It would be unfair to judge the story too much at this halfway stage, but suffice to say we enjoyed its slow build up and the sparkling repartee between the two stars, who bounce off each other with ease and genuine affection.

We were delivered to an intermission by way of a cliff-hanger and a headwear related surprise, and encouraged to help ourselves to port and fruitcake… while we do, we look forward immensely to Act Two early in April!


Charlotte Pollard: Series 2

For those who don’t know, Charlotte Pollard (as played by India Fisher) is a Big Finish home-grown companion for the Doctor. She was the first companion for Paul McGann’s eighth Doctor and later travelled with the sixth Doctor before going her own way. India and Charley have always been popular with Big Finish fans, and Charlotte Pollard finally got her own series in 2014 in which she ended her travels with the mysterious virus chasing Viyrans, met would-be adventurer Robert Buchan (James Joyce) and ended up escaping through the mysterious Ever-and-Ever-Prolixity. Now she finds herself on Earth in the early twenty-first century…

Charley and Robert find themselves in the London Underground at Embankment, along with a rogue Viyran (Dan Starkey), who later gets the name Bertram. In echoes of ‘The Web of Fear’ London becomes the victim of an attack from the tube, this time in the form of the Identical Men (Colin MacFarlane) and their mysterious machine.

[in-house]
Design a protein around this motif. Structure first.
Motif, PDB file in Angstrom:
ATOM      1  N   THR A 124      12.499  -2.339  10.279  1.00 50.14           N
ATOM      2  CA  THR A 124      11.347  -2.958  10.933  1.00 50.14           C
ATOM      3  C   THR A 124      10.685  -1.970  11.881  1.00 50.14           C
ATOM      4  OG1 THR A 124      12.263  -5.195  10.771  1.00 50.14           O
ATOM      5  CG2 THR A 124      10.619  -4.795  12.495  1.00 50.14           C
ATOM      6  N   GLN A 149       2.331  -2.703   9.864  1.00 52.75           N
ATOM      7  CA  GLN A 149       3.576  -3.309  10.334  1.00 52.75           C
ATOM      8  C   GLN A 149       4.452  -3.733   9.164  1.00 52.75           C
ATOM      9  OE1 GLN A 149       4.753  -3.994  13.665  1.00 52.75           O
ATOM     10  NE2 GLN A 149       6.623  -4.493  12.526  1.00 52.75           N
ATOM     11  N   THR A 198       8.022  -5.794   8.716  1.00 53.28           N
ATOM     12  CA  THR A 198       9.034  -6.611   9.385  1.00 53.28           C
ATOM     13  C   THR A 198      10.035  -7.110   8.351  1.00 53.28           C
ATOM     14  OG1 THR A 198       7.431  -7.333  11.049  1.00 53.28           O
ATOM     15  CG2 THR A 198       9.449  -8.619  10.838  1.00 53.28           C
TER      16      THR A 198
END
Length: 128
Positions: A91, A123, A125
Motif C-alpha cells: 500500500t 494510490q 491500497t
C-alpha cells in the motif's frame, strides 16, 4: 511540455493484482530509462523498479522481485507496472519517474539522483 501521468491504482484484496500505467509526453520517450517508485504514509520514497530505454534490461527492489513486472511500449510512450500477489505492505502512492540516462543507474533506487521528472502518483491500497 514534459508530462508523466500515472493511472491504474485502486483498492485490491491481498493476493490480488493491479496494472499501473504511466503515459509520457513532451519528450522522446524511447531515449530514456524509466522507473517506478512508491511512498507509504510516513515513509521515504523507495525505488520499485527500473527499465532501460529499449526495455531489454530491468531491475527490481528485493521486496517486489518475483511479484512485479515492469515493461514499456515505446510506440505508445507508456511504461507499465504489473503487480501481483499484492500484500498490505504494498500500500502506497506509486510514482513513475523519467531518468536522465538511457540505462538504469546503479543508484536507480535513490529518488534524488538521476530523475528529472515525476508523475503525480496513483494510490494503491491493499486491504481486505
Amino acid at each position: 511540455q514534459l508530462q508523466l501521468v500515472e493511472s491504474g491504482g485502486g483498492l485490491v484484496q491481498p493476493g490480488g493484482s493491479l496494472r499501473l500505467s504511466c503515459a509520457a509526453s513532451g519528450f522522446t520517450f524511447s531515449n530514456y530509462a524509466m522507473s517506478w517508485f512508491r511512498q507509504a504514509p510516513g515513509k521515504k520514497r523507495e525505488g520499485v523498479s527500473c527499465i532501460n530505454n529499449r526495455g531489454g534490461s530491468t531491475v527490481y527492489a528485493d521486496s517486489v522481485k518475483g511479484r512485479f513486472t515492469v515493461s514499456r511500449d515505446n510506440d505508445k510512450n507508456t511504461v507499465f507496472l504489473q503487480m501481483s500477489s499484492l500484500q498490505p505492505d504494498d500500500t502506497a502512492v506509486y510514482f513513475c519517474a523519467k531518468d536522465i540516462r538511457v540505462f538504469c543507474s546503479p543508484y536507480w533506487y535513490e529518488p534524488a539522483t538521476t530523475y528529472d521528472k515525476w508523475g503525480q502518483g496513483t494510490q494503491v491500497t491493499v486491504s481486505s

As the action unfolds Charley falls under the scrutiny of a government department led by Woking (Kieran Hodgson) who reports to a nameless minister (Rachel Atkins) and eventually the Prime Minister (Pippa Haywood) appears.

In style it’s very different from normal Doctor Who fare, with Charley and Robert escaping a series of traps in the company of Bertam who has been markedly changed by the Prolixity. On the way they also meet a journalist (Deirdre Mullins) and a Rab the hacker (Ashley Kumar).

By the end London is under martial law, some of our heroes are in a concentration camp in Slough whilst others are trapped on an alien world, lost in time. The music and direction give this a dark tone and the ending is particularly surreal.

Nick Briggs (who wrote and directed) has stamped his mark on the series with great panache.  This is also where some problems arise. Charley is in some sense a surrogate Doctor in these stories with Robert her companion learning how to survive crazy adventures. Beyond that she is passive, often waiting to be rescued rather than leading.